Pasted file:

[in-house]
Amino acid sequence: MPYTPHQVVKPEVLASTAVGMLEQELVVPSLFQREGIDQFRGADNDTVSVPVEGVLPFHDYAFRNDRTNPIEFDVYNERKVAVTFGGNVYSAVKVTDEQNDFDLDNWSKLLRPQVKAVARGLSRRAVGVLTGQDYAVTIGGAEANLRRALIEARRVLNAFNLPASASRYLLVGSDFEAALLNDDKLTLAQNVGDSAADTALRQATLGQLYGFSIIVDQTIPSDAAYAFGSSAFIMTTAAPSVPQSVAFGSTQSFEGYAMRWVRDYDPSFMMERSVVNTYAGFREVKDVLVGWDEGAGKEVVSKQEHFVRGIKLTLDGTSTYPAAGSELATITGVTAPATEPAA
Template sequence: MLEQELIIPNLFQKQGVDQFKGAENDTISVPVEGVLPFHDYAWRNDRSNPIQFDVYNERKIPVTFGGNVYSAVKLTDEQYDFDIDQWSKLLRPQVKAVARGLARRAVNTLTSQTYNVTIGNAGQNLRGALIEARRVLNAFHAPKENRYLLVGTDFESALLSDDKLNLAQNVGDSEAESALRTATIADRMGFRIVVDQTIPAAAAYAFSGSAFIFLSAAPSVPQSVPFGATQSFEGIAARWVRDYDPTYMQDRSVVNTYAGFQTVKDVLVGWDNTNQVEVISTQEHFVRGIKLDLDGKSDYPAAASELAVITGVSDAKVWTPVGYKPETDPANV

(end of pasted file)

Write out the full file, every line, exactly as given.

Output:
[in-house]
Amino acid sequence: MPYTPHQVVKPEVLASTAVGMLEQELVVPSLFQREGIDQFRGADNDTVSVPVEGVLPFHDYAFRNDRTNPIEFDVYNERKVAVTFGGNVYSAVKVTDEQNDFDLDNWSKLLRPQVKAVARGLSRRAVGVLTGQDYAVTIGGAEANLRRALIEARRVLNAFNLPASASRYLLVGSDFEAALLNDDKLTLAQNVGDSAADTALRQATLGQLYGFSIIVDQTIPSDAAYAFGSSAFIMTTAAPSVPQSVAFGSTQSFEGYAMRWVRDYDPSFMMERSVVNTYAGFREVKDVLVGWDEGAGKEVVSKQEHFVRGIKLTLDGTSTYPAAGSELATITGVTAPATEPAA
Template sequence: MLEQELIIPNLFQKQGVDQFKGAENDTISVPVEGVLPFHDYAWRNDRSNPIQFDVYNERKIPVTFGGNVYSAVKLTDEQYDFDIDQWSKLLRPQVKAVARGLARRAVNTLTSQTYNVTIGNAGQNLRGALIEARRVLNAFHAPKENRYLLVGTDFESALLSDDKLNLAQNVGDSEAESALRTATIADRMGFRIVVDQTIPAAAAYAFSGSAFIFLSAAPSVPQSVPFGATQSFEGIAARWVRDYDPTYMQDRSVVNTYAGFQTVKDVLVGWDNTNQVEVISTQEHFVRGIKLDLDGKSDYPAAASELAVITGVSDAKVWTPVGYKPETDPANV